A few weeks ago, I had the privilege of interviewing playwright Stephen Adly Guirgis over the phone. Live Arts, one of Charlottesville’s main community theaters, was in production with the show that earned Guirgis his Broadway debut: the foul-named (waitforit) The Motherfucker with the Hat.
Guirgis grew up on New York’s Upper West Side under a variety of cultural and artistic influences. He went on to grind the grind like many artists do, and today he works as a playwright and member and co-artistic director of the LAByrinth Theater Company.
I read Motherfucker to prepare for our interview, and it was a crack-snap-you’re-done experience. The fact that one of his shows would open on Broadway seemed to surprise Guirgis, and I found myself charmed by his humility, quick mind, and thick New York accent. Here was a guy who worked the trenches, who wrote when he felt bad and when he felt good, and by virtue of diligence and his knack for dialogue created a colorful, hilarious world in just 50 pages.
If 203 has been my year to act—to build diligence as a writer, to finish what I start—then 2012 was the time I focused on editing fiercely, on paring down and cutting back my words until only the truth remained. (These days, of course, I may not have the time to do the deep edits I love, but I know how to wield the razor blade. I have my red pen at the ready.)
When I look at the small heap of word-rubble that stands after my wrecking ball edits, I shed a small tear for time lost to my writing practice. But this is my way: overwrite, then cut. Farewell, useless words.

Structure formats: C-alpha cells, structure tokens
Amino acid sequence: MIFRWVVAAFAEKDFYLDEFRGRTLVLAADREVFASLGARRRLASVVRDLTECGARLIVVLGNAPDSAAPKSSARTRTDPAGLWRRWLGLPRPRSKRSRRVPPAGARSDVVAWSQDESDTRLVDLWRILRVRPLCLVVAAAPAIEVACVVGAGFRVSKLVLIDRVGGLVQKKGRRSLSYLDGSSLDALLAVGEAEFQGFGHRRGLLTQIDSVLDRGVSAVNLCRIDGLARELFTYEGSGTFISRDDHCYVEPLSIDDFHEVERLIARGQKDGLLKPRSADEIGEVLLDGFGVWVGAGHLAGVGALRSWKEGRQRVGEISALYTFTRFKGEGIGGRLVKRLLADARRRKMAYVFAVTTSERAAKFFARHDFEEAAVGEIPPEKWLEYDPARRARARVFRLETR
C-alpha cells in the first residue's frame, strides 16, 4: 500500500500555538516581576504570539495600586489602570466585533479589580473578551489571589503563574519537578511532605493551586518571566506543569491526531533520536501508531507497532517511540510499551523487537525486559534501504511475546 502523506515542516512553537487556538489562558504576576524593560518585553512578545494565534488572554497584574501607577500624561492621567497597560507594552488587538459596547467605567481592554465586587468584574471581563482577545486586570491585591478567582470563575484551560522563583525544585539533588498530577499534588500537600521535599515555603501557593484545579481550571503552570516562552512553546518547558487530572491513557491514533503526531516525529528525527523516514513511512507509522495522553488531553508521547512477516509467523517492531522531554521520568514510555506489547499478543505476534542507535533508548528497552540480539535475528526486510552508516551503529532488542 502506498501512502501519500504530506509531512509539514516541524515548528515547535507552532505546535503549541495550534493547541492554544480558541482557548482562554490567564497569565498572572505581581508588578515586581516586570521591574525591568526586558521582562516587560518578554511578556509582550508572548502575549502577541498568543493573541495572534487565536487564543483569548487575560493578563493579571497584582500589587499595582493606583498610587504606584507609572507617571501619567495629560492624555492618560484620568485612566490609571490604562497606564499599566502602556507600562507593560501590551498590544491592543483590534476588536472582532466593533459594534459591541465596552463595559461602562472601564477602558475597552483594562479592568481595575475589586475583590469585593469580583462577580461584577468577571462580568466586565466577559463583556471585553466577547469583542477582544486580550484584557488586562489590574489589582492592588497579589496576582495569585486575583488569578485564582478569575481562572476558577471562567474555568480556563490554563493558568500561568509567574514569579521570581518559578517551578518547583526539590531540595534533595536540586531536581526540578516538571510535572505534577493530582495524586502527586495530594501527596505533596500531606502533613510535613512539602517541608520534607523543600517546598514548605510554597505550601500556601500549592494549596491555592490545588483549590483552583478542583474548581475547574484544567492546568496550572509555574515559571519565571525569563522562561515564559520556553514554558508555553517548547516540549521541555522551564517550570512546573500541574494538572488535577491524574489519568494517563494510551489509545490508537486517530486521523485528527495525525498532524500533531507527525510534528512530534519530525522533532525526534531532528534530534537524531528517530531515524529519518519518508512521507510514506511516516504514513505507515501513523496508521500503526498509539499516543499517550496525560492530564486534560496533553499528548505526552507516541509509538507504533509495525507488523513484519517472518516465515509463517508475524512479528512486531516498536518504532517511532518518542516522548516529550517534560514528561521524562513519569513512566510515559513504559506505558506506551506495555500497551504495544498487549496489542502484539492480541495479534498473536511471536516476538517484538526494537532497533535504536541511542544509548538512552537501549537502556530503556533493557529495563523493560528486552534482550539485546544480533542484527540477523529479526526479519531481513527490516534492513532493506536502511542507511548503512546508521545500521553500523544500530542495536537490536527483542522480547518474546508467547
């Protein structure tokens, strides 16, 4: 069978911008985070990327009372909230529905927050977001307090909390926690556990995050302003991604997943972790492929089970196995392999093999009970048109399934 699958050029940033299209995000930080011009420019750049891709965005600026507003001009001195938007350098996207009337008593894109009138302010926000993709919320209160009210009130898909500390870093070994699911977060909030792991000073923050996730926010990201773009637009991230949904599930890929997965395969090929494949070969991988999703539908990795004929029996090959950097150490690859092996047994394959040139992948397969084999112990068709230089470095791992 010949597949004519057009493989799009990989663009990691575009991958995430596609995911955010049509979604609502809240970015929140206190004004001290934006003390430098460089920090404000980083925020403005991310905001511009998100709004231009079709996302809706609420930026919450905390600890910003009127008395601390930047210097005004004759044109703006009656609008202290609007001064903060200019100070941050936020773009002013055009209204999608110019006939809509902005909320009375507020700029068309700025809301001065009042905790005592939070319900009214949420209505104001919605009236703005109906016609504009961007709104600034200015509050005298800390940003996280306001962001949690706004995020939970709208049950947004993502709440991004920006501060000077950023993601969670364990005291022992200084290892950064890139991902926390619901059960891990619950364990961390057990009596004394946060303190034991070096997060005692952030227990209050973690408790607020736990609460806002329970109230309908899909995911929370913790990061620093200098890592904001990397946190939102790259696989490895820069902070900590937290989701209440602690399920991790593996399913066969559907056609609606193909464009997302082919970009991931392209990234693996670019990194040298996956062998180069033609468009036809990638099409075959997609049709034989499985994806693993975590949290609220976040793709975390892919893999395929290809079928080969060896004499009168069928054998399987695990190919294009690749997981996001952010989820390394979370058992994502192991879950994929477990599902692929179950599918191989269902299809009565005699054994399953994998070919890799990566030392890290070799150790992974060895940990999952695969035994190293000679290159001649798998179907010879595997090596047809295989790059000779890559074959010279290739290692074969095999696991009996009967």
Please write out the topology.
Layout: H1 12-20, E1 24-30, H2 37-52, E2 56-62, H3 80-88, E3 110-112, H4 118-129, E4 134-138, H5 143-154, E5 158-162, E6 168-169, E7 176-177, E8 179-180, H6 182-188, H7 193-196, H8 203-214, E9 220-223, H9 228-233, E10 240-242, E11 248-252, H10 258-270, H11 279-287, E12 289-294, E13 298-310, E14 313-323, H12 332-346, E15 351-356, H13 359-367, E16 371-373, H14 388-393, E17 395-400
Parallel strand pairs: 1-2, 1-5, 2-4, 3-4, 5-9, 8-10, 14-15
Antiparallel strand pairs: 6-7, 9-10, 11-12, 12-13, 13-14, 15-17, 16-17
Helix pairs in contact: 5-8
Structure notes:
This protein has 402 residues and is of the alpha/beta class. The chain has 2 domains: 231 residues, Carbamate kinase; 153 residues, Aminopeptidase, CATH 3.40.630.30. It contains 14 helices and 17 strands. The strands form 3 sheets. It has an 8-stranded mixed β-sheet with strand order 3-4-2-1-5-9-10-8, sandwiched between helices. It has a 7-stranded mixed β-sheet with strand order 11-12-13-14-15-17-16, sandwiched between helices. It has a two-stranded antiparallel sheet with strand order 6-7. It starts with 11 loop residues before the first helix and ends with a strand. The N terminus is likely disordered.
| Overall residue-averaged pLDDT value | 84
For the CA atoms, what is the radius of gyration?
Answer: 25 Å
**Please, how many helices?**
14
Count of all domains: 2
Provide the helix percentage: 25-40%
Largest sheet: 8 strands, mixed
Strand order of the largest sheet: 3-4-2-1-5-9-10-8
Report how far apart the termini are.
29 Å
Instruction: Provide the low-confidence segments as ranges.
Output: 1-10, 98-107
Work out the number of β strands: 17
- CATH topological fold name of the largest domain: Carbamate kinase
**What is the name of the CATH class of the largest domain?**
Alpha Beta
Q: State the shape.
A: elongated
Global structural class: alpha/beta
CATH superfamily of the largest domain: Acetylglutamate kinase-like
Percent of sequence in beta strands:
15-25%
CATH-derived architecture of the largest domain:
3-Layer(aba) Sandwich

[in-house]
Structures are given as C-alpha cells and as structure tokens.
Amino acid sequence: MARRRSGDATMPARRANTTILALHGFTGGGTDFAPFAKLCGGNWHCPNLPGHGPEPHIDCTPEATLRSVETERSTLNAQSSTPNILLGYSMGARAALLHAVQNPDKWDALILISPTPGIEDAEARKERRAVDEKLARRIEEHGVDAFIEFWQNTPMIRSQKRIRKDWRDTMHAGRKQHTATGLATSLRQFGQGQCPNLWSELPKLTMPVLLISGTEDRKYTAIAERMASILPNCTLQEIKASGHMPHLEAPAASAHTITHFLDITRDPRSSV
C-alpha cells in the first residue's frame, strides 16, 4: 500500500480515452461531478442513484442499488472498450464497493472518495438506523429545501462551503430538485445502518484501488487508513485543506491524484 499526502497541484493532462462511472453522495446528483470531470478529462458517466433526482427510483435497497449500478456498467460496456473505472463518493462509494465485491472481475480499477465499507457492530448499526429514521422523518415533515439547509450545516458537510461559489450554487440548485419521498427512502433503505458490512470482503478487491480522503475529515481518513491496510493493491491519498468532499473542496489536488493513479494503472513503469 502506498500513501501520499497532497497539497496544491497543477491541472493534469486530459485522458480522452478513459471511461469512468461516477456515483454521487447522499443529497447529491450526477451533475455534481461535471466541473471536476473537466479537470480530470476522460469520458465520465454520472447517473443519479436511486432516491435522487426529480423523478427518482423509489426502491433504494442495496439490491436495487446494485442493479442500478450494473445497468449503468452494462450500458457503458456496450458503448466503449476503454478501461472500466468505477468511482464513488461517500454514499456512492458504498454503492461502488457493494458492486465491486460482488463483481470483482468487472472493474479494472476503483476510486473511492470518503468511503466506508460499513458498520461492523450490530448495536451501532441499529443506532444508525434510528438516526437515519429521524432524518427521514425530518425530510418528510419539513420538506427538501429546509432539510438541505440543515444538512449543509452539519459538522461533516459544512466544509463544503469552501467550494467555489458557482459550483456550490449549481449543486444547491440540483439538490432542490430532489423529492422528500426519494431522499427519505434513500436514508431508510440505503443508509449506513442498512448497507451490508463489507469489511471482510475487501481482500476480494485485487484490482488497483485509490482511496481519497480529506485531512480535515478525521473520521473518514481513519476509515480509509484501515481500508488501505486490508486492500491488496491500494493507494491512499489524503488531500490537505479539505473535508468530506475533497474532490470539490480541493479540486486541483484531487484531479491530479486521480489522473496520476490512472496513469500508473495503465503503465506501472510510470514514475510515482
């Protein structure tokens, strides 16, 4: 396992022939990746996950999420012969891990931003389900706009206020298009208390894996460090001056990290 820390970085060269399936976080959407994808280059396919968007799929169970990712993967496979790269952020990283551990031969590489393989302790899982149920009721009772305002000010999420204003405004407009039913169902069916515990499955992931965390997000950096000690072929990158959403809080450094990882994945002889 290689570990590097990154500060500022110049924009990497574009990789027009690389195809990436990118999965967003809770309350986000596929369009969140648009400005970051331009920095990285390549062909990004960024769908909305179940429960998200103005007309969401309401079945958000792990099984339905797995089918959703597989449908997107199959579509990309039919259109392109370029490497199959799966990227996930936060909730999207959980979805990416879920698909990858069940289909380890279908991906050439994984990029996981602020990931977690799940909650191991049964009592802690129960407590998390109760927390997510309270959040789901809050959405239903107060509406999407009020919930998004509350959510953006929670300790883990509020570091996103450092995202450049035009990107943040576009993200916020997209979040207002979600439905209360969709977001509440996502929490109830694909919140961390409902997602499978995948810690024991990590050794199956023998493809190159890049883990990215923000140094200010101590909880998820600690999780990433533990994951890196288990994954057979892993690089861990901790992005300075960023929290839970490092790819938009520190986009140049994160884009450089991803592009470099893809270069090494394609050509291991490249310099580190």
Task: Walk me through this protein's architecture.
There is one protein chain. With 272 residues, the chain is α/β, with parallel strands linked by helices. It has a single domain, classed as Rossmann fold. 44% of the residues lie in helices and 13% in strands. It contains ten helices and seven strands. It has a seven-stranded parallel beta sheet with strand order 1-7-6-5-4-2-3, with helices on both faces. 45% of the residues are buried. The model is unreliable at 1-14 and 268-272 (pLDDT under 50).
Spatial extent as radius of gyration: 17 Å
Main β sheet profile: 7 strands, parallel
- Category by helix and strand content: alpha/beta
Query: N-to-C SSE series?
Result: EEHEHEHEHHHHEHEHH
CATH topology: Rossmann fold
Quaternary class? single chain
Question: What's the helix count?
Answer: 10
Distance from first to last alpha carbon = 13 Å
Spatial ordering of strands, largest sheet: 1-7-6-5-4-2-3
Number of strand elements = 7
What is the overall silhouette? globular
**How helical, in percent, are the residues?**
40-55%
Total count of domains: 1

At the time of our interview, I was directing a staged reading of a friend’s work-in-progress. After a heated discussion with my friend on the subject, I decided to ask Guirgis how he felt about actors who “interpret” scripts—i.e. mess around with dialogue. Once an actor, Guirgis’s response was immediate and firm.
“Once I became a writer and understood what it takes to actually write, I had a lot more respect for the written word as it is written. Everything that is on the page took a lot of time and effort.”
Then he said my most favorite thing:
“It costs us something to do what we do. It costs me something to write a play, and it costs you something to write this article. The same way it costs an actor to give a great performance or a director to build a great show. But busy actors and directors can do three to five plays a year. If you’re very prolific, a playwright can write one play a year—really a play every few years.
“So if you think about it,” he said, “my life is shorter than everyone else’s. And if I told you how many fucking cigarettes I smoked while writing this play, you would know it.”
I didn’t need convincing, of course. We just laughed, two half-lives syncing for a minute on the phone line.
You can read my entire interview with Mr. Guirgis here.